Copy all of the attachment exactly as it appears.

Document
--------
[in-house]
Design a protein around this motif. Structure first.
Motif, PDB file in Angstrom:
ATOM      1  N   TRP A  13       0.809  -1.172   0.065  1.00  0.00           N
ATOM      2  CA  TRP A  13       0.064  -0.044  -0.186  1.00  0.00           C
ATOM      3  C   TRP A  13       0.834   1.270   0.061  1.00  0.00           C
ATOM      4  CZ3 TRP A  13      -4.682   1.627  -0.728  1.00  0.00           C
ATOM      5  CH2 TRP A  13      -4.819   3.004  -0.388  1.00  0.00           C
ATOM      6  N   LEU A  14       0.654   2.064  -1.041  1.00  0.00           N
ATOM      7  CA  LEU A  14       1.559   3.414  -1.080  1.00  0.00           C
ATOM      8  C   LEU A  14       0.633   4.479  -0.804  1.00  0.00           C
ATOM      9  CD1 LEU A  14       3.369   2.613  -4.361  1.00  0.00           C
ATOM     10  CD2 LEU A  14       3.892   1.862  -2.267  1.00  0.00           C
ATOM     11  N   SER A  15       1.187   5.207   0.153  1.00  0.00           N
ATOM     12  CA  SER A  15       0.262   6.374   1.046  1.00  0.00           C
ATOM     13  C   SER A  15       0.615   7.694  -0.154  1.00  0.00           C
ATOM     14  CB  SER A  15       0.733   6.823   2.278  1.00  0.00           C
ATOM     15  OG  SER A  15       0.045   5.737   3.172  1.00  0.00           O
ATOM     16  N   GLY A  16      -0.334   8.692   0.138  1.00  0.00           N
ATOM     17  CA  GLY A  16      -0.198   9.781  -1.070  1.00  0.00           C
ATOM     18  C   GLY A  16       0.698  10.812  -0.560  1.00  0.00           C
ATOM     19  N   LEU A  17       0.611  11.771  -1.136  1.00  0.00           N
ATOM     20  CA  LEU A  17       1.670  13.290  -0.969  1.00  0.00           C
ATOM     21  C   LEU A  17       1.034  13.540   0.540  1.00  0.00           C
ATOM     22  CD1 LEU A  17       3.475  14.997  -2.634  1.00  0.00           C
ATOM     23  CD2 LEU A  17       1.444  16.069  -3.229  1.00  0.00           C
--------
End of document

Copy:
[in-house]
Design a protein around this motif. Structure first.
Motif, PDB file in Angstrom:
ATOM      1  N   TRP A  13       0.809  -1.172   0.065  1.00  0.00           N
ATOM      2  CA  TRP A  13       0.064  -0.044  -0.186  1.00  0.00           C
ATOM      3  C   TRP A  13       0.834   1.270   0.061  1.00  0.00           C
ATOM      4  CZ3 TRP A  13      -4.682   1.627  -0.728  1.00  0.00           C
ATOM      5  CH2 TRP A  13      -4.819   3.004  -0.388  1.00  0.00           C
ATOM      6  N   LEU A  14       0.654   2.064  -1.041  1.00  0.00           N
ATOM      7  CA  LEU A  14       1.559   3.414  -1.080  1.00  0.00           C
ATOM      8  C   LEU A  14       0.633   4.479  -0.804  1.00  0.00           C
ATOM      9  CD1 LEU A  14       3.369   2.613  -4.361  1.00  0.00           C
ATOM     10  CD2 LEU A  14       3.892   1.862  -2.267  1.00  0.00           C
ATOM     11  N   SER A  15       1.187   5.207   0.153  1.00  0.00           N
ATOM     12  CA  SER A  15       0.262   6.374   1.046  1.00  0.00           C
ATOM     13  C   SER A  15       0.615   7.694  -0.154  1.00  0.00           C
ATOM     14  CB  SER A  15       0.733   6.823   2.278  1.00  0.00           C
ATOM     15  OG  SER A  15       0.045   5.737   3.172  1.00  0.00           O
ATOM     16  N   GLY A  16      -0.334   8.692   0.138  1.00  0.00           N
ATOM     17  CA  GLY A  16      -0.198   9.781  -1.070  1.00  0.00           C
ATOM     18  C   GLY A  16       0.698  10.812  -0.560  1.00  0.00           C
ATOM     19  N   LEU A  17       0.611  11.771  -1.136  1.00  0.00           N
ATOM     20  CA  LEU A  17       1.670  13.290  -0.969  1.00  0.00           C
ATOM     21  C   LEU A  17       1.034  13.540   0.540  1.00  0.00           C
ATOM     22  CD1 LEU A  17       3.475  14.997  -2.634  1.00  0.00           C
ATOM     23  CD2 LEU A  17       1.444  16.069  -3.229  1.00  0.00           C